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Archive for the ‘Turklish’ category

TurksLearnEnglish.com… my new business!

Our site for Turks learning English!

Our site for Turks learning English!

After years of teaching English to Turks in both language institutes and more recently, in a private school, I finally decided that it was the right time to take hold of the English-language education opportunities that now exist in Turkey

Teaching English to Turks has always been big business and there are plenty of well-known private language institutes that cater all type of English to students of each level of proficiency. However, together with my business partner we’ve decided to concentrate on offering quality English conversation classes via the Internet, to get Turks speaking. In a recent post on my new blog, where I discuss the dormant nature of Turks learning English, I briefly outline the opportunity we see to ‘kick-start’ the dormant English resource that already lies within Turkey today.

This is a very exciting time to be involved in English-language education in Turkey. As household broadband increases across Turkey and more and more citizens possess tablets and smartphones, education is ready for disruption. It’s clear to us that the physical classroom will become less relevant and Turks will have access to better teaching. Why put yourself through a hellish commute after work when you can chill at home, sit back with a cup of tea and log in via your computer?

So for Turk learning English we’ve built TurksLearnEnglish.com.

We’re proud of it. We thinks it’s giving the boost of confidence and increased motivation required to Ingilizce öğrenmek!

 

Turklish – önce ve sonra

A very long time ago. Many years before humans wrote the first grammar book…

If Turkish is your mother tongue, then you might have difficulty with ago, earlier, before, after, in, and later.

These words can be adverbs, conjunctions, prepositions and adjectives. Here I look at the most basic errors by Turks and provide a couple of examples to explain how you can use the idea of sonra and önce in English.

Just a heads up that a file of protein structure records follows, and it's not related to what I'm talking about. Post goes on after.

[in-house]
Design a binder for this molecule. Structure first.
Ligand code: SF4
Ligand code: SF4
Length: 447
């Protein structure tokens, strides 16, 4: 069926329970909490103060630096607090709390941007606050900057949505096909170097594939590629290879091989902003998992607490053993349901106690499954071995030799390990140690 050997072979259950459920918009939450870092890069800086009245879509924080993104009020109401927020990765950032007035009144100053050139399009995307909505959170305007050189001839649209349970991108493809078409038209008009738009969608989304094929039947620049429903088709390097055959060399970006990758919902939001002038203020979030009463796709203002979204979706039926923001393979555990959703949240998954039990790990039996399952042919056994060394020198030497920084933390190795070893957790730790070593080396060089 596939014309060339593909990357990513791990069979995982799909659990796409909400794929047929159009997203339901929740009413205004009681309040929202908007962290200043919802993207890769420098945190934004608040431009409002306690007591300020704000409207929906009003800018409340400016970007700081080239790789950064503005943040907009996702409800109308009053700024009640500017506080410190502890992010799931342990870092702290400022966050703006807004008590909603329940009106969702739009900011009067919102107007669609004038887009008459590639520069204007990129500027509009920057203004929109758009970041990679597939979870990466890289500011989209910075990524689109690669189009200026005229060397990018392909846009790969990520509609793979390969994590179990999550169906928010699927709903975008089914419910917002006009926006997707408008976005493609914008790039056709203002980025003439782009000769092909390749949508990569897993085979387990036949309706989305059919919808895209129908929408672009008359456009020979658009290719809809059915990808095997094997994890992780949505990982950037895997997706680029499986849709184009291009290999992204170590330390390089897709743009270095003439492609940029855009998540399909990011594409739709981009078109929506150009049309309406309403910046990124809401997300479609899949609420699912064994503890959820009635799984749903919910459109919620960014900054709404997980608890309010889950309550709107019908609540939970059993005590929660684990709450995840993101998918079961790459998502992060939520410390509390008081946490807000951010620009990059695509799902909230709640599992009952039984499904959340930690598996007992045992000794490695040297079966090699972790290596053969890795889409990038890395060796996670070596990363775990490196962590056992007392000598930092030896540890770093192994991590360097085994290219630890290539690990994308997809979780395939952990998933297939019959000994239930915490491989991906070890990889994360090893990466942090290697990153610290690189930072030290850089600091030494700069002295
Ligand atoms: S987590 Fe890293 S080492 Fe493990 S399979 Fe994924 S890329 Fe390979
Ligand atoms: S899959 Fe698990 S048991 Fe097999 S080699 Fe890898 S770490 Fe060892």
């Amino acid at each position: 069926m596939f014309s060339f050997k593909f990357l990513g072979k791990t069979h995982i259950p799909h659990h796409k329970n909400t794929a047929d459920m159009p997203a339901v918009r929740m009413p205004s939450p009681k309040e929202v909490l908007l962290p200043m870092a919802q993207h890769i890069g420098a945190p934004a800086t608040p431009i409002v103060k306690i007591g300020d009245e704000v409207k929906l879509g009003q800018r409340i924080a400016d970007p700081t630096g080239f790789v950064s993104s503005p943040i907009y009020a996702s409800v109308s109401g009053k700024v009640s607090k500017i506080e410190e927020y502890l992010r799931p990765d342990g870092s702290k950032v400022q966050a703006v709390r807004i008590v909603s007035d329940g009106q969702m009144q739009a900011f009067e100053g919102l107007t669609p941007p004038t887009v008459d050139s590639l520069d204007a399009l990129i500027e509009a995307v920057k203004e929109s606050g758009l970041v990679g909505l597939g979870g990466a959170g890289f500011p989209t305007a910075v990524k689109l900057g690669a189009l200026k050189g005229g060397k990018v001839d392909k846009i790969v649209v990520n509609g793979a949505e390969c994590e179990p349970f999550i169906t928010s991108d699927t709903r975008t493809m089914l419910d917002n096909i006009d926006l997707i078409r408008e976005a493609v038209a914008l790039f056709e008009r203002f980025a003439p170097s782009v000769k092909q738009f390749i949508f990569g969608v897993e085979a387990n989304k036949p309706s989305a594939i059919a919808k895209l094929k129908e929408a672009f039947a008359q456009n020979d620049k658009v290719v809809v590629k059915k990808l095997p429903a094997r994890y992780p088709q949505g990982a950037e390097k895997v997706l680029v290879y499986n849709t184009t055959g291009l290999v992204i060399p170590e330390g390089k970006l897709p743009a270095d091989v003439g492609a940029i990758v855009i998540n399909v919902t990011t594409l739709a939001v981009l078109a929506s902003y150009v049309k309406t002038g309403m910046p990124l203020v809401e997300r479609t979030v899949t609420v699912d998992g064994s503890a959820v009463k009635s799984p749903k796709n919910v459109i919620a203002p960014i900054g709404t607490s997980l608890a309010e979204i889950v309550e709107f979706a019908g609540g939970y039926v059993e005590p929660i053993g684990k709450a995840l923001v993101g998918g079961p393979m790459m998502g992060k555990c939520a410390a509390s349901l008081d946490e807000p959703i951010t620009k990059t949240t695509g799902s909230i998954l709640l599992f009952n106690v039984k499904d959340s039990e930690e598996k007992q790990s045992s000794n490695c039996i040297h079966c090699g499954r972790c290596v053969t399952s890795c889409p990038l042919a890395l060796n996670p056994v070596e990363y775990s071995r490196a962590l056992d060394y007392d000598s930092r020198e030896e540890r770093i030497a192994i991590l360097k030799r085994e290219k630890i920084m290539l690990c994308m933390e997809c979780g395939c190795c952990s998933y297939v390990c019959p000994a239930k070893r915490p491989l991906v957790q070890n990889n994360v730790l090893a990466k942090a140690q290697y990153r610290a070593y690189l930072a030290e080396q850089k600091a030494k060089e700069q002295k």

Of course, this small article cannot explain every use of these words… but I think it might help a few of you.

Ago, earlier, or before?

How do you express this idea in Turkish: Üç gün önce sinemaya gittim.

You can use ago or earlier. Ago would be more common.

I went to the cinema three days ago is natural spoken English

I went to the cinema three days earlier is also correct, but possible more formal.

For example:

 - He left three days ago.

- He left three days earlier.

Don’t use before.

In the two sentences above, ago and later are adverbs.

Says it all really.

Says it all really.

How to use before

Next, how do you deal with: Sinemaya gitmeden önce kahve içtik?

To express this idea in English, you need to understand that önce joins two events. So before is the correct word to use:

- We drank coffee before we went to the cinema, or

- Before we went to the cinema we drank coffee.

In these examples, before is a conjunction.

Don’t use ago or later.

After, later or in?

Üç gün sonra sinemaya gidiyoruz.

Here, you are talking about an event in the future. The only correct word is in:

- We’re going to the cinema in three days.

And, üç gün sonra Istanbul’dan ayrılacak.

- He’ll leave Istanbul in three days.

What about this?

Üç gün önce Istanbul’dan ayrıldı.

This is something that happened in the past, so the correct word is ago.

- She left Istanbul three days ago.

Don’t use later.

But, if you are talking about an event that happened before another event in the past, then you need to use later or after.

For example:

Istanbul’a geldi. Üç gün sonra ayrıldı.

He arrived in Istanbul and left two days later.

Again, later is an adverb.

How to use after

After is both an adverb and a preposition in English

Biz geldikten sonra ayrıldı.

He left after we arrived.

Yemekten sonra sinemaya gidiyorum.

I’m going to the cinema after dinner.

In the first example, after is an adverb.

For the second example, after is a preposition.

I know that advanced learners and native English speakers might disagree with me, but the idea is to make the use of the words a little easier.

Any ideas or comments?

Note: I’ve also now posted this post on my new site for Turks Learning English!